Talk to the Veterans Crisis Line now
U.S. flag
An official website of the United States government

VA Health Systems Research

Go to the VA ORD website
Go to the QUERI website
HSRD Conference Logo

2023 HSR&D/QUERI National Conference Abstract

Printable View

4072 — Veteran Perceptions of the SCI/D Annual Evaluation

Lead/Presenter: Bridget Smith,  COIN - Hines
All Authors: Smith BM (COIN-Hines), Sippel JL (Spinal Cord Injuries and Disorders System of Care National Program Office (11SCID) Etingen B (Coin Hines VA) Evans CT (Coin Hines VA) Kale I (Coin Hines VA) Escudero G (Coin Hines VA) Huo Z (Coin Hines VA) Willenberg R (VA Boston Healthcare System) Stroupe KT

The Veterans Health Administration (VHA) is the largest system of care for individuals with spinal cord injuries and disorders (SCI/D) in the world. Individuals with SCI/D require medical care to address mobility issues, as well as complications secondary to injury including pressure injuries, pain, bowel and bladder dysfunction, impaired respiratory function, and decreased psychosocial wellness. To address the needs of Veterans with SCI/D, VHA offers a comprehensive Annual Evaluation (AE). An AE can include physical exams and preventive care services for common complications that are secondary to injury. Despite the importance of prevention, as well as managing complications that result from SCI/D, only 45% of Veterans with SCI/D who receive VHA care had an AE in 2021. The objective of this quality improvement project was to collect data about Veterans’ perceptions of the AE to inform the development of an intervention to increase AE receipt.

To examine Veterans’ perceptions of the AE, we conducted an online survey using the Qualtrics platform. We identified approximately 8,000 Veterans with VA email addresses and sent them an email invitation to participate. Paper surveys were also mailed to 300 Veterans who did not have a VA email address. Two reminder emails were sent to non-respondents to facilitate response. Survey questions included date and location of AEs, perceptions about the value of AEs, perceived barriers to receiving an AE, and preferences about AE delivery. Overall response rate was approximately 22%. We used frequencies to describe the results.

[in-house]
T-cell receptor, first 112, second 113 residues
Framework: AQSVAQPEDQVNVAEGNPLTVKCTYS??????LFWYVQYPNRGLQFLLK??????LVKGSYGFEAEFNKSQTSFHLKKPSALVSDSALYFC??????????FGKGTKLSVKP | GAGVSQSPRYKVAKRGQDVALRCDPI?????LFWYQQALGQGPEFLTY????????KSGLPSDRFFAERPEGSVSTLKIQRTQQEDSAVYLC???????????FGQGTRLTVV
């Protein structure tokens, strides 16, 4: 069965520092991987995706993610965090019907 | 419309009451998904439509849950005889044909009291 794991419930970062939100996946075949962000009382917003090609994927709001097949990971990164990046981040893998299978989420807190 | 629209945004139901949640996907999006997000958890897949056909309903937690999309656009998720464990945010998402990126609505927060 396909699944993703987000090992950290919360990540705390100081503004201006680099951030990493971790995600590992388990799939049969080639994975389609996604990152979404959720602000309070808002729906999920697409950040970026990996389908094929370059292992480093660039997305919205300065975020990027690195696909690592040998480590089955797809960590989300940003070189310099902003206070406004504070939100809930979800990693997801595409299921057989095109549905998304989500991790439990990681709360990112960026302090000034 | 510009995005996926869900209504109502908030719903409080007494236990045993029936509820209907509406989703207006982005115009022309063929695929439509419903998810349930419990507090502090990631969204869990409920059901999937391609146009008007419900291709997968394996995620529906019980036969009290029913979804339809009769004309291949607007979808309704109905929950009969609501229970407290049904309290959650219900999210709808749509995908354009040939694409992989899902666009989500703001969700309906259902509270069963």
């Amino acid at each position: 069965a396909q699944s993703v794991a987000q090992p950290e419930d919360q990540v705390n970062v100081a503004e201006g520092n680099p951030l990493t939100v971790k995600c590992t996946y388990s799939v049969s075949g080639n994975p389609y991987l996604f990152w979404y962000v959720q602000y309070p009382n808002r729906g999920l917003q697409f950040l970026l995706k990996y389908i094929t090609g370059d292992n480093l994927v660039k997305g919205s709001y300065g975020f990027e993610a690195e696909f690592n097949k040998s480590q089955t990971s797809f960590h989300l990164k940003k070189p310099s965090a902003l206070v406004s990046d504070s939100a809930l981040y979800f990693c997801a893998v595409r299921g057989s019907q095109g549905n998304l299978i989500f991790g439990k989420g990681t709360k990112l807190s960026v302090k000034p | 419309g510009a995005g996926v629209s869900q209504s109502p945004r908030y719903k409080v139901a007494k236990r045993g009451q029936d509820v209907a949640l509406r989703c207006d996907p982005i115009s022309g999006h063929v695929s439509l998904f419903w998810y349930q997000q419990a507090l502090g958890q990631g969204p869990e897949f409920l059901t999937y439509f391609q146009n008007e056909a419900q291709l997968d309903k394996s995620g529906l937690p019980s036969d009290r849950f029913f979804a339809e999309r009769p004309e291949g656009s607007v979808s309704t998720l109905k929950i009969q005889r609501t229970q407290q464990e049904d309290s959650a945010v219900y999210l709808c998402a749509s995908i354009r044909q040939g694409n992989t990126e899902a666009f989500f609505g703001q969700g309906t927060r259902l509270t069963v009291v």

After excluding participants with missing data,1,573 Veterans were included in the analyses. Most participants (91%) were male. Mean participant age was 65, and 13% were African American and 5% were Hispanic. Of note, 90% of Veterans rated their satisfaction with the AE as excellent, very good, or good; 81% agreed or strongly agreed that the AE meets their urgent medical needs; and 80% indicated that the AE is important for their health and well-being. For Veterans who do not receive an AE every year, the most common barriers to receiving an AE were reported to be COVID-19 (58%), not being offered an AE (17%), and travel barriers (14%). Most Veterans preferred to receive their AE in-person (67%), and most (83%) Veterans indicated it was very important to receive care from an SCI/D specialty physician.

The majority of respondents expressed high levels of satisfaction with the AE and found many aspects of the AE to be valuable. Additional strategies are needed to address travel barriers and access challenges that resulted from the pandemic to bolster AE receipt among Veterans with SCI/D.

Veterans with SCI/D generally regard the AE as valuable and important for their health, but barriers arising from the COVID-19 pandemic and from travel need to be further mitigated for more Veterans to take advantage of their AE.